Posted on Wednesday, December 22nd, 2010 by Russ Fischer
Over the past few years Steven Soderbergh has expressed frustration with filmmaking and has, more than once, talked about the prospect of an early retirement from directing. But the last time that talk cropped up it was just before the director went on a serious filmmaking jag. Rapid-fire projects ensued: The Girlfriend Experience, The Informant!, And Everything is Going Fine, Haywire (expect a trailer and poster soon) and Contagion, which is shooting now. Liberace is planned for 2011, and there’s the prospect of a Man From U.N.C.L.E. film from Mr. Soderbergh, as well.
But don’t think that all means that the retirement talk has been buried. Speaking from the set of Contagion, Matt Damon says Steven Soderberg really does plan to retire, and soon.
The LA Times spoke to the actor, who said,
He wants to paint and he says he’s still young enough to have another career. He’s kind of exhausted with everything that interested him in terms of form. He’s not interested in telling stories. Cinema interested him in terms of form and that’s it. He says, ‘If I see another over-the-shoulder shot, I’m going to blow my brains out.’
That observation about being interested in form rather than storytelling links up well with what the director said last year when he talked about retiring:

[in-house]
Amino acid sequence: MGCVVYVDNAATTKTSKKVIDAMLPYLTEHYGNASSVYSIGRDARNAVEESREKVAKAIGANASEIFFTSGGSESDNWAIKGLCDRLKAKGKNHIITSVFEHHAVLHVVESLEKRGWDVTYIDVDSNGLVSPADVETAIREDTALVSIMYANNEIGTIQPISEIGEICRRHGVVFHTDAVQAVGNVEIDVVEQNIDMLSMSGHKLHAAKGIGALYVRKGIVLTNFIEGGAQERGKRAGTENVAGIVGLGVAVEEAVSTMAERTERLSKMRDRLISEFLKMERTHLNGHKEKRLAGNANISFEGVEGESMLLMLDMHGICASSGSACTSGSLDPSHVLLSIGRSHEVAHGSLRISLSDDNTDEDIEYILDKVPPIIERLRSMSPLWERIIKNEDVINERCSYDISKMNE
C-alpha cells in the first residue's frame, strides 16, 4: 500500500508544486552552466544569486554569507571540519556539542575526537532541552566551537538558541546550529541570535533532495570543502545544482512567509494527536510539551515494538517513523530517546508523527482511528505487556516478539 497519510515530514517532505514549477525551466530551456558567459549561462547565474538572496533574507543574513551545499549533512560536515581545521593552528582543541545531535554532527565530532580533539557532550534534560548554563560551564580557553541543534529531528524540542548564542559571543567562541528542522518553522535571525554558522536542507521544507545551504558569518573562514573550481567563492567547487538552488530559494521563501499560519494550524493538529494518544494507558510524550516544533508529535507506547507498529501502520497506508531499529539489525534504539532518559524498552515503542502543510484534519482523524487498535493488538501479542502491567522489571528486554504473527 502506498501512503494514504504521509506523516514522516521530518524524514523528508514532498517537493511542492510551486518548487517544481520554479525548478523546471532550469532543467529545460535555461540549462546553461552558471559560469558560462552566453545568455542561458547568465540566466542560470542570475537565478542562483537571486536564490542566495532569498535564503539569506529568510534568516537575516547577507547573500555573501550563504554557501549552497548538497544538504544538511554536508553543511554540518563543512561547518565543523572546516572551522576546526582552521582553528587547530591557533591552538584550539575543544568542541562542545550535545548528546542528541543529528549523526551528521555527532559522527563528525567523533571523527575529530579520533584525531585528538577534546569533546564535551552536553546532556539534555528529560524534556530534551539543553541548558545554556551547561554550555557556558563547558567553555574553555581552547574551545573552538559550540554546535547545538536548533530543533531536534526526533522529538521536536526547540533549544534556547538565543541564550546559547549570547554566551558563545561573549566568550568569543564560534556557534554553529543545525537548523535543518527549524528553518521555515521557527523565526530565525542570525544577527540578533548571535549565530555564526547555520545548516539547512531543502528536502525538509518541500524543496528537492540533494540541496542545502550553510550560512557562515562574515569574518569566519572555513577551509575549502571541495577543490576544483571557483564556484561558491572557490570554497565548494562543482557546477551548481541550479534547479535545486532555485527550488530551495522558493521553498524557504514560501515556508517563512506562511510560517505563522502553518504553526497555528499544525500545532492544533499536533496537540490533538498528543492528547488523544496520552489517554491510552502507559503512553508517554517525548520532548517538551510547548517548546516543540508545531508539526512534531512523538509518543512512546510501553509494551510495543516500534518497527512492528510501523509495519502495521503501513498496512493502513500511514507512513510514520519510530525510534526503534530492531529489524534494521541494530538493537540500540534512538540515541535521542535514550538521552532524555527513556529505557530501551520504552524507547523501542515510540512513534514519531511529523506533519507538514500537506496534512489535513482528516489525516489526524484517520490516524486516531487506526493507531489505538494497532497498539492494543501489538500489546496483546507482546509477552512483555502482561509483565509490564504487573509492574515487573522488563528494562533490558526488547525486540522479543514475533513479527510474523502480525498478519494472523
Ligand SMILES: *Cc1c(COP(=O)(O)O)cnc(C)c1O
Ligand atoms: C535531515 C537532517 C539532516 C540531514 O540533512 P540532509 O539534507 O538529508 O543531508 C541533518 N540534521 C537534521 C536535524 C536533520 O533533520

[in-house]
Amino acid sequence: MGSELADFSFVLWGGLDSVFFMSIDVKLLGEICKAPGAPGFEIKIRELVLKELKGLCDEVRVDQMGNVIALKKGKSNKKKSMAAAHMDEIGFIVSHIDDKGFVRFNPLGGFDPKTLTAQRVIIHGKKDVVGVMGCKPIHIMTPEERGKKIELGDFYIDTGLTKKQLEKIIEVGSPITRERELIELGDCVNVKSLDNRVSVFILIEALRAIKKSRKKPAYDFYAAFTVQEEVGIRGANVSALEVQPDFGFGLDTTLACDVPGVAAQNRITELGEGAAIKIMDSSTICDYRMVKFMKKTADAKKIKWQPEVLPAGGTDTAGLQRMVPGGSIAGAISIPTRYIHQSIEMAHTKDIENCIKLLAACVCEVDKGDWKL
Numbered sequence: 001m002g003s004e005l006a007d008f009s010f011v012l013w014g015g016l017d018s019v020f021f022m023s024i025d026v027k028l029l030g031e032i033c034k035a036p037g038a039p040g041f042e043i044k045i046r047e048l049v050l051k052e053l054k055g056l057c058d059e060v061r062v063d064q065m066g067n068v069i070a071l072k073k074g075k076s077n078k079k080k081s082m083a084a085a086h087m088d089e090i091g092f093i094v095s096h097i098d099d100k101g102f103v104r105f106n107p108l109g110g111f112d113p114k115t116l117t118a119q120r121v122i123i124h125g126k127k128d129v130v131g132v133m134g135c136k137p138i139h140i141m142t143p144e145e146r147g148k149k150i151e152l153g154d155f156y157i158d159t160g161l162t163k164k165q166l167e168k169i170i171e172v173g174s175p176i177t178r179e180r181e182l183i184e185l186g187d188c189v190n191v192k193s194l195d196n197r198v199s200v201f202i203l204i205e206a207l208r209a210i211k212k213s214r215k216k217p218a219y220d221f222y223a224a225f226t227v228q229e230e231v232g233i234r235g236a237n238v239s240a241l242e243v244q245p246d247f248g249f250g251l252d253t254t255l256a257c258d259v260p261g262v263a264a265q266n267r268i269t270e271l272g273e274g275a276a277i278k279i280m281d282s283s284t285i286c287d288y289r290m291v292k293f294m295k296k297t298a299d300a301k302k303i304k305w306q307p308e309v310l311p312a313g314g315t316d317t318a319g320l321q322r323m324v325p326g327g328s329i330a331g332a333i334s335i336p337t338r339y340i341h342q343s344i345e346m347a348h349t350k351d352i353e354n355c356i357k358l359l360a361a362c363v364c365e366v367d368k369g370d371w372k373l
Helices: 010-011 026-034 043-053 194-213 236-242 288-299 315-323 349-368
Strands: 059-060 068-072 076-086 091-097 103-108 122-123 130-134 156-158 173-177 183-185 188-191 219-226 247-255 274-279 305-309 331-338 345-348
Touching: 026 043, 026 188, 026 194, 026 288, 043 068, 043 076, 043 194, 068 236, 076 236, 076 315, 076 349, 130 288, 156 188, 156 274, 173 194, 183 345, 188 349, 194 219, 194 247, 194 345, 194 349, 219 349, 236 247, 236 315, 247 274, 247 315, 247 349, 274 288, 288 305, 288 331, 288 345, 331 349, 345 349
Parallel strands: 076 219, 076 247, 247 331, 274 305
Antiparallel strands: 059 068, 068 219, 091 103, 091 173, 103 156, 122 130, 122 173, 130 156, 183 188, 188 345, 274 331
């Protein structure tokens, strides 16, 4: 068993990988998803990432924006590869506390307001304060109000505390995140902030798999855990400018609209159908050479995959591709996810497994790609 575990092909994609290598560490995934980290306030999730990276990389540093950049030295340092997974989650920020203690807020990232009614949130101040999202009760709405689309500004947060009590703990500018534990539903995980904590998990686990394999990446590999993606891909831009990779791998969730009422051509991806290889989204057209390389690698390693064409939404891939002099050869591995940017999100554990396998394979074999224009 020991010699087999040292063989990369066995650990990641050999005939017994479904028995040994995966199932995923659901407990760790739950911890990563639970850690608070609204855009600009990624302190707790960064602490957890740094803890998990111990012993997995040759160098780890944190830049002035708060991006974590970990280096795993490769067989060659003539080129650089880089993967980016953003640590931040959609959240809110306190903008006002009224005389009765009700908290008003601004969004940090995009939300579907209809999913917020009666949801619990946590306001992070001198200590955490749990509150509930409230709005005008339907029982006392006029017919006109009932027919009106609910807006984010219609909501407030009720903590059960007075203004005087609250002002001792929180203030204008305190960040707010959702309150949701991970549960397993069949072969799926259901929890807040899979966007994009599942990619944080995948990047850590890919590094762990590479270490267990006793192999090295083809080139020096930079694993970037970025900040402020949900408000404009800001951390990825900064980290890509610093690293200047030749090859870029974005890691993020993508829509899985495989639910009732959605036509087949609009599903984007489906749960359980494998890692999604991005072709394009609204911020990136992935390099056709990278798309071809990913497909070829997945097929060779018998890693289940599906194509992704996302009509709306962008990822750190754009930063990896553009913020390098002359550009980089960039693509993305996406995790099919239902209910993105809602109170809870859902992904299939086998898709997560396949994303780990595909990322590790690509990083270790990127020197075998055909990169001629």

I’m thinking, ‘Hmmm, I don’t know. A few more years maybe.’ And then the stuff that I’m interested in is only going to be of interest to me.
Mr. Soderbergh had previously talked about retiring at 51 after 25 years of filmmaking. (He’s 48 now.) And Matt Damon gets really specific about his plans:
After this movie we’re doing ‘Liberace’ next summer with Michael Douglas, and then he might do one more movie after that with George [Clooney], and then after that he’s retiring.”
So would that ‘one more’ with George Clooney be The Man From U.N.C.L.E.? What a weird way to go out, but also not an entirely inappropriate one for the director, who has an idiosyncratic way of approaching his career. OK, so let’s say he really does retire after a couple more films. How long until he gets bored and picks up a camera once more? I give it ten years, tops.